Anti-Kickback Statutes in New York and Tenant or Subtenant Violations

{3:30 minutes to read}

This is an analysis of federal anti-kickback statutes and what a landlord/owner or tenant Anti-Kickback Statutes in New York and Tenant or Subtenant Violations  by Ian Lifshutzcan do to protect themselves from tenant or subtenant violations.

42 USCA 1320a-7b(b) federal law states that no medical provider shall make a referral in exchange for remuneration of any kind, whether directly or indirectly (including non-monetary compensation). In general, most healthcare providers know:

  • They cannot directly take any kind of cash;
  • Accept a reduction in rent; or
  • In the case of a subtenant, charge more in rent,

in order to increase the volume or value of any patient referrals.

While this is generally unique to the healthcare industry, the increase in medical rentals means that not only physicians who sublet space to other physicians, but regular landlords can be affected by these statutes as well. All landlords need to be wary of certain arrangements to avoid any investigation into their structure or rental arrangements, and prevent any loss of rent in the event a medical tenant is found in violation.

This is of paramount importance, because the anti-kickback statutes provide a criminal counterpart. This could mean any law enforcement agency can enter the premises and close it down, preventing, stalling, or slowing any rental or eviction proceedings.

In general, there is a safe harbor in that if a rent is fair market value and is not related to any patient referrals, (which should be the case for a landlord who is solely in the business of operating and owning real estate) then there should be no problem.

However, this can affect an owner/landlord of a building in the sense that if a tenant is engaged in such conduct, and the practice is closed down, not only could they lose a tenant, but under criminal regulations, law enforcement could seize various assets and prevent access to the premises.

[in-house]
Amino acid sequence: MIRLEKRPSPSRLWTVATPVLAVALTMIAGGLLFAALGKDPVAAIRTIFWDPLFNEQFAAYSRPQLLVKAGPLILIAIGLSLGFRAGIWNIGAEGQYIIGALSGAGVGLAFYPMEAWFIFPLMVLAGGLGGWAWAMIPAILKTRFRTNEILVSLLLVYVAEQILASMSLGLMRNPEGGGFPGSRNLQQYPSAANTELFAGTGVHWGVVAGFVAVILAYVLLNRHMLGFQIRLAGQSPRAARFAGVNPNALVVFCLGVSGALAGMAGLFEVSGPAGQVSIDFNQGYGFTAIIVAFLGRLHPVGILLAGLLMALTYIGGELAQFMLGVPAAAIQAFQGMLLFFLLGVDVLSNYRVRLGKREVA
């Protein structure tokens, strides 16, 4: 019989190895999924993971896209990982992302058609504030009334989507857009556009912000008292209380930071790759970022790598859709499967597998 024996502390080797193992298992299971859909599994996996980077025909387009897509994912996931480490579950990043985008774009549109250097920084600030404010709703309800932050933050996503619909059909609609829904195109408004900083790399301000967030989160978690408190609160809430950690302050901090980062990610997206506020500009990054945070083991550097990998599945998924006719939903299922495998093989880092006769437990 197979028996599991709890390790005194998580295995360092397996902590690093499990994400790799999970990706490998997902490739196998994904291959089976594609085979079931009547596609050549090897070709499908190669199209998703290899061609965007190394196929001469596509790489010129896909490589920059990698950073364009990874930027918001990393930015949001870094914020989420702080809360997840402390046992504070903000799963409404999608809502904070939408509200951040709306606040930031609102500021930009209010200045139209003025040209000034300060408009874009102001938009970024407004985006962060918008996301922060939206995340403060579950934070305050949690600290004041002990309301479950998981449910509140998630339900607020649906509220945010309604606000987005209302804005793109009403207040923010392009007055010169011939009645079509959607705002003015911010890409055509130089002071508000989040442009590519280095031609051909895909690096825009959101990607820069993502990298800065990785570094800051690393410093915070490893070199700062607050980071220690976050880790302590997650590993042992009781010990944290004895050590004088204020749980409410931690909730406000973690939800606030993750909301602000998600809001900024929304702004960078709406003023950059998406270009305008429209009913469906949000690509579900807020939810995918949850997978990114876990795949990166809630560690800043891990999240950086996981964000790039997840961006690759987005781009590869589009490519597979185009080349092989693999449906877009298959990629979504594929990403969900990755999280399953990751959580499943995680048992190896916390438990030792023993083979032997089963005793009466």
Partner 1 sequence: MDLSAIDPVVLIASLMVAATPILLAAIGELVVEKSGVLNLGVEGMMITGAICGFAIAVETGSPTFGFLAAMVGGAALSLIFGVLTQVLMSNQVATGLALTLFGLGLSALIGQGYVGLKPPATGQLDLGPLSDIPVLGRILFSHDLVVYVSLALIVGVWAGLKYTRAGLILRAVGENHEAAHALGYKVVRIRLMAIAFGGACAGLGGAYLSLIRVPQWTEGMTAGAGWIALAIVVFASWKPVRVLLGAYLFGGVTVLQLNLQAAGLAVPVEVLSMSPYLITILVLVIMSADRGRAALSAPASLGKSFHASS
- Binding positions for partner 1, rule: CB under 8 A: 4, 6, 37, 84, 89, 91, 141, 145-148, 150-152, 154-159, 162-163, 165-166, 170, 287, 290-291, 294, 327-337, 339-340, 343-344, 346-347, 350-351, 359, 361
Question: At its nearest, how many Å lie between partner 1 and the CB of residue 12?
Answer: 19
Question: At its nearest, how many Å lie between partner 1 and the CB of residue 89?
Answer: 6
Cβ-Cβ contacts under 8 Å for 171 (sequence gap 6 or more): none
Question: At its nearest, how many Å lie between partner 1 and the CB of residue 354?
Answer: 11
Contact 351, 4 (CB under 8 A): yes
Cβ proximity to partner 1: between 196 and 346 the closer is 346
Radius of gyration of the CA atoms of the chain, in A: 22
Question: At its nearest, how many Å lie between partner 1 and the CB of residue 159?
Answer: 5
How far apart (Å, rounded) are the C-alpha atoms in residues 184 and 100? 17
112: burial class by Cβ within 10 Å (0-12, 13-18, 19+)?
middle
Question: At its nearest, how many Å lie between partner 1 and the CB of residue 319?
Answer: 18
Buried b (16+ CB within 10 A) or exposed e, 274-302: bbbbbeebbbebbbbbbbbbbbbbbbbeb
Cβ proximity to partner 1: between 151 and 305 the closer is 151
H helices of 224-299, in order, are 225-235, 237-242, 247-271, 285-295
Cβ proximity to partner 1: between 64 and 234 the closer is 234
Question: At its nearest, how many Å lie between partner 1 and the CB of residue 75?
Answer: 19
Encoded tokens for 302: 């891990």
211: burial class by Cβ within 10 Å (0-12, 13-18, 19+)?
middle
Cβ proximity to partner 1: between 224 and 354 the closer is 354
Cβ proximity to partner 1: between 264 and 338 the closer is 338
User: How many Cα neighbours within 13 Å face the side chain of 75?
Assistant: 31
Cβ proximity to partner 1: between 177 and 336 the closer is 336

Currently, there are numerous instances of such investigations into illegal kickbacks, some of which open the door to Racketeering Influenced Corrupt Organizations Act (RICO) investigations, as well. As such kickbacks tend to be repeated over periods of time, it would naturally open the door to exposing a tenant or subtenant to these types of enterprise corruption investigations. As stated above, the landlord or a physician renting space to a subtenant would likewise have issues, even if not directly involved. At a minimum they would be required to provide documents, deal with the headaches of an investigation, or incur the loss of rent due to the closure of suspect facilities which leads to additional costs due to a tenant’s or sub-tenant’s conduct.

An effective way to help mitigate this would be to place representations in physician leases by non-physician landlords stating their tenants and subtenants will not engage in any such conduct, and if such conduct is discovered, the lease can be terminated immediately. Physicians who sublease their space can also include such representations. These would at least provide a non-medical landlord or a physician renting to a subtenant the ability to remove themselves from the conduct of a tenant (provided they were not involved in any wrongdoing themselves.)

Ian Lifshutz

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